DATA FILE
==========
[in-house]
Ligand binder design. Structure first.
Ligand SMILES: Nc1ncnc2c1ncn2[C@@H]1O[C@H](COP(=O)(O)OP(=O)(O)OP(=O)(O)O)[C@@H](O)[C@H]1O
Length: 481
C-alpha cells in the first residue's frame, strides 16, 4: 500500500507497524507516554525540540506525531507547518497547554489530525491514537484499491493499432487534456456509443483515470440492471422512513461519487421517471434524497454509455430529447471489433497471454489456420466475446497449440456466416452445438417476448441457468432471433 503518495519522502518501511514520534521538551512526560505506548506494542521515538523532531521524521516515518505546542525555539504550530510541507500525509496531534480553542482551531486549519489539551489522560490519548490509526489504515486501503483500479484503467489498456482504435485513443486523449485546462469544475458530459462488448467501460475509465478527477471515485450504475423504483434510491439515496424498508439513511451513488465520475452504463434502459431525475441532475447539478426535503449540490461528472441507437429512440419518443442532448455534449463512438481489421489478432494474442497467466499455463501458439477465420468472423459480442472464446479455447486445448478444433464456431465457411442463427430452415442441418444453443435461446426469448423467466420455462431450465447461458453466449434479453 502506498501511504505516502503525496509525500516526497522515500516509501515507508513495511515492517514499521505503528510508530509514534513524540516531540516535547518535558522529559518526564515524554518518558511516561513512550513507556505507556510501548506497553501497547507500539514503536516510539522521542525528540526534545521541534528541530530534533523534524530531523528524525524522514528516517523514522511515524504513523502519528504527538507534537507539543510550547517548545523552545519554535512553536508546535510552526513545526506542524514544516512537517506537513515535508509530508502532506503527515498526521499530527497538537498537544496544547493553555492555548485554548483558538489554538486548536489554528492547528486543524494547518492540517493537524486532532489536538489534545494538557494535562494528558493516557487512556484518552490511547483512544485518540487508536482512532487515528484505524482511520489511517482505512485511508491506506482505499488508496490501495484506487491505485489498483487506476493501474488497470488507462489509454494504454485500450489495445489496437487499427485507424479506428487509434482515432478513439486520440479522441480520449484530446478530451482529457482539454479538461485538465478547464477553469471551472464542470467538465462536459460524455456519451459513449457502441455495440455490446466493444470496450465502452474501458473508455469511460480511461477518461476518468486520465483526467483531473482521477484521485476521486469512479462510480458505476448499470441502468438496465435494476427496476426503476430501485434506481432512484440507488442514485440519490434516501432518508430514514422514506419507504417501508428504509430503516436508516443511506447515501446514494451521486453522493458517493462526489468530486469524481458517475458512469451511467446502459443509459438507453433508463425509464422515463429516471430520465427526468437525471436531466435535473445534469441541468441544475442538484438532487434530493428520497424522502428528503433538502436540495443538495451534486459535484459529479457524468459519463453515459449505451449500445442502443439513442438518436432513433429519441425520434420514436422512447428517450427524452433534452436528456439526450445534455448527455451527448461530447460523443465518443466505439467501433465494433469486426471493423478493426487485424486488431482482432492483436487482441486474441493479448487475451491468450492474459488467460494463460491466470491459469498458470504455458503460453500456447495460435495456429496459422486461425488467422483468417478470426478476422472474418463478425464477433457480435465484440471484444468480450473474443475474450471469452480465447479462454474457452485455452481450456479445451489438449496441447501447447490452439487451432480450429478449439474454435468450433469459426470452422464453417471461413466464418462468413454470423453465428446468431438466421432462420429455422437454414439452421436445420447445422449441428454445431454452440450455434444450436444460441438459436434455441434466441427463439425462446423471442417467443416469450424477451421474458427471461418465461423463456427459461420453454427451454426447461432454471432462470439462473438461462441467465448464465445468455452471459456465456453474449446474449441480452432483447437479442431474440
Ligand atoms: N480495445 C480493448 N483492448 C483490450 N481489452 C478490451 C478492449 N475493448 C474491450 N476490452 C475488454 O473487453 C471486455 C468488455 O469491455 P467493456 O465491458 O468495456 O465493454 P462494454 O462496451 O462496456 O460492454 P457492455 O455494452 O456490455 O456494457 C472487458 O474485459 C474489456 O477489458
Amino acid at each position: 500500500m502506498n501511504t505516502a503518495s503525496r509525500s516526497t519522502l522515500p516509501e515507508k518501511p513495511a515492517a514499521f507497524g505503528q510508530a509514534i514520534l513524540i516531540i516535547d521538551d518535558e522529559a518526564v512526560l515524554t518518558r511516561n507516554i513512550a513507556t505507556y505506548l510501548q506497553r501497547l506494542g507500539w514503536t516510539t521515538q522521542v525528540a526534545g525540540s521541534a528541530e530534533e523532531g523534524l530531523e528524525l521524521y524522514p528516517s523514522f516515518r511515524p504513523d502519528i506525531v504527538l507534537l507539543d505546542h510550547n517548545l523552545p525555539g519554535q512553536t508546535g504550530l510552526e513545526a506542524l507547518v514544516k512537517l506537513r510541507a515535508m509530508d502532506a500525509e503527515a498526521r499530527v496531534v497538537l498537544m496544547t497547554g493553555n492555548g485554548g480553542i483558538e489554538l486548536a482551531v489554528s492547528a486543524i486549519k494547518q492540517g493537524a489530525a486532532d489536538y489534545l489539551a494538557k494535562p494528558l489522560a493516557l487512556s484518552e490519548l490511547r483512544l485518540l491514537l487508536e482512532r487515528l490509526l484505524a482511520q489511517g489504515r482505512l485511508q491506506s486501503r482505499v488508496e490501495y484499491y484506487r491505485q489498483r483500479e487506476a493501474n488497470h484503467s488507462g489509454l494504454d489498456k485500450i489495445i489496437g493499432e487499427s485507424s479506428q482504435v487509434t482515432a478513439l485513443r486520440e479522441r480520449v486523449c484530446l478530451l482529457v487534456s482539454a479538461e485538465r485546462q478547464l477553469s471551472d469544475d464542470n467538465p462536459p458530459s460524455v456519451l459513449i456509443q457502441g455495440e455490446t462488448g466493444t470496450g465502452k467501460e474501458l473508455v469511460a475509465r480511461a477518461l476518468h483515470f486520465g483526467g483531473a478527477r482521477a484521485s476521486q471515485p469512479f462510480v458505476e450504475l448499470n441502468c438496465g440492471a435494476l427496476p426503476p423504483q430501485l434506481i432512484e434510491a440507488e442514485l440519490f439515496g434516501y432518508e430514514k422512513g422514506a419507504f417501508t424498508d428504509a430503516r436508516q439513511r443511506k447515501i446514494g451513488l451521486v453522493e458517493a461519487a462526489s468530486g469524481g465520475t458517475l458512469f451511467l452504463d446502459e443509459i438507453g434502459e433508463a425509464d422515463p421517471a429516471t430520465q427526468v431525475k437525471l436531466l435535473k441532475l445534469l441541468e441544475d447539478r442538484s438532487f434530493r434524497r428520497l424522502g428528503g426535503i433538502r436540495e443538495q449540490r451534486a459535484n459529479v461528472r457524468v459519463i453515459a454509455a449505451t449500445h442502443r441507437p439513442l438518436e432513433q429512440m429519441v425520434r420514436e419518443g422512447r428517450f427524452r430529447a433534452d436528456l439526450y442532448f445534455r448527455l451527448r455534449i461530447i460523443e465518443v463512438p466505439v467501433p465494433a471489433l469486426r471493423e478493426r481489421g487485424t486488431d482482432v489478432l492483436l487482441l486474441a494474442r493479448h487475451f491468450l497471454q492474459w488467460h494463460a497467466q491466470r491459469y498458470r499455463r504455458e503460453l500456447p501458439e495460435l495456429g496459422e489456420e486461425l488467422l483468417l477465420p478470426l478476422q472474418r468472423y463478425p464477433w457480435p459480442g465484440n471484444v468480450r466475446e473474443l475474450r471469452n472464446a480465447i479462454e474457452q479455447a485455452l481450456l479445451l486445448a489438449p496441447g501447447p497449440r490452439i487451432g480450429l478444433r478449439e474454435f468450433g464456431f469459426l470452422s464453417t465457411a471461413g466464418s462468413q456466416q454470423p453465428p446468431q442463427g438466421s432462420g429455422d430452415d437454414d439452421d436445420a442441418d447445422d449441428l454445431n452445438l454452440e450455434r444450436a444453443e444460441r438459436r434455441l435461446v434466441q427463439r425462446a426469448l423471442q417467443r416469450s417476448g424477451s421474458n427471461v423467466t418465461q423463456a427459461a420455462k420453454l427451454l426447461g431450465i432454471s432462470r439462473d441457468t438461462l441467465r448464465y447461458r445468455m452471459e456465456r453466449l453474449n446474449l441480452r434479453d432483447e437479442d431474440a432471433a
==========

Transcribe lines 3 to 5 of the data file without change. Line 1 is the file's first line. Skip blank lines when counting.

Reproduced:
Ligand SMILES: Nc1ncnc2c1ncn2[C@@H]1O[C@H](COP(=O)(O)OP(=O)(O)OP(=O)(O)O)[C@@H](O)[C@H]1O
Length: 481
C-alpha cells in the first residue's frame, strides 16, 4: 500500500507497524507516554525540540506525531507547518497547554489530525491514537484499491493499432487534456456509443483515470440492471422512513461519487421517471434524497454509455430529447471489433497471454489456420466475446497449440456466416452445438417476448441457468432471433 503518495519522502518501511514520534521538551512526560505506548506494542521515538523532531521524521516515518505546542525555539504550530510541507500525509496531534480553542482551531486549519489539551489522560490519548490509526489504515486501503483500479484503467489498456482504435485513443486523449485546462469544475458530459462488448467501460475509465478527477471515485450504475423504483434510491439515496424498508439513511451513488465520475452504463434502459431525475441532475447539478426535503449540490461528472441507437429512440419518443442532448455534449463512438481489421489478432494474442497467466499455463501458439477465420468472423459480442472464446479455447486445448478444433464456431465457411442463427430452415442441418444453443435461446426469448423467466420455462431450465447461458453466449434479453 502506498501511504505516502503525496509525500516526497522515500516509501515507508513495511515492517514499521505503528510508530509514534513524540516531540516535547518535558522529559518526564515524554518518558511516561513512550513507556505507556510501548506497553501497547507500539514503536516510539522521542525528540526534545521541534528541530530534533523534524530531523528524525524522514528516517523514522511515524504513523502519528504527538507534537507539543510550547517548545523552545519554535512553536508546535510552526513545526506542524514544516512537517506537513515535508509530508502532506503527515498526521499530527497538537498537544496544547493553555492555548485554548483558538489554538486548536489554528492547528486543524494547518492540517493537524486532532489536538489534545494538557494535562494528558493516557487512556484518552490511547483512544485518540487508536482512532487515528484505524482511520489511517482505512485511508491506506482505499488508496490501495484506487491505485489498483487506476493501474488497470488507462489509454494504454485500450489495445489496437487499427485507424479506428487509434482515432478513439486520440479522441480520449484530446478530451482529457482539454479538461485538465478547464477553469471551472464542470467538465462536459460524455456519451459513449457502441455495440455490446466493444470496450465502452474501458473508455469511460480511461477518461476518468486520465483526467483531473482521477484521485476521486469512479462510480458505476448499470441502468438496465435494476427496476426503476430501485434506481432512484440507488442514485440519490434516501432518508430514514422514506419507504417501508428504509430503516436508516443511506447515501446514494451521486453522493458517493462526489468530486469524481458517475458512469451511467446502459443509459438507453433508463425509464422515463429516471430520465427526468437525471436531466435535473445534469441541468441544475442538484438532487434530493428520497424522502428528503433538502436540495443538495451534486459535484459529479457524468459519463453515459449505451449500445442502443439513442438518436432513433429519441425520434420514436422512447428517450427524452433534452436528456439526450445534455448527455451527448461530447460523443465518443466505439467501433465494433469486426471493423478493426487485424486488431482482432492483436487482441486474441493479448487475451491468450492474459488467460494463460491466470491459469498458470504455458503460453500456447495460435495456429496459422486461425488467422483468417478470426478476422472474418463478425464477433457480435465484440471484444468480450473474443475474450471469452480465447479462454474457452485455452481450456479445451489438449496441447501447447490452439487451432480450429478449439474454435468450433469459426470452422464453417471461413466464418462468413454470423453465428446468431438466421432462420429455422437454414439452421436445420447445422449441428454445431454452440450455434444450436444460441438459436434455441434466441427463439425462446423471442417467443416469450424477451421474458427471461418465461423463456427459461420453454427451454426447461432454471432462470439462473438461462441467465448464465445468455452471459456465456453474449446474449441480452432483447437479442431474440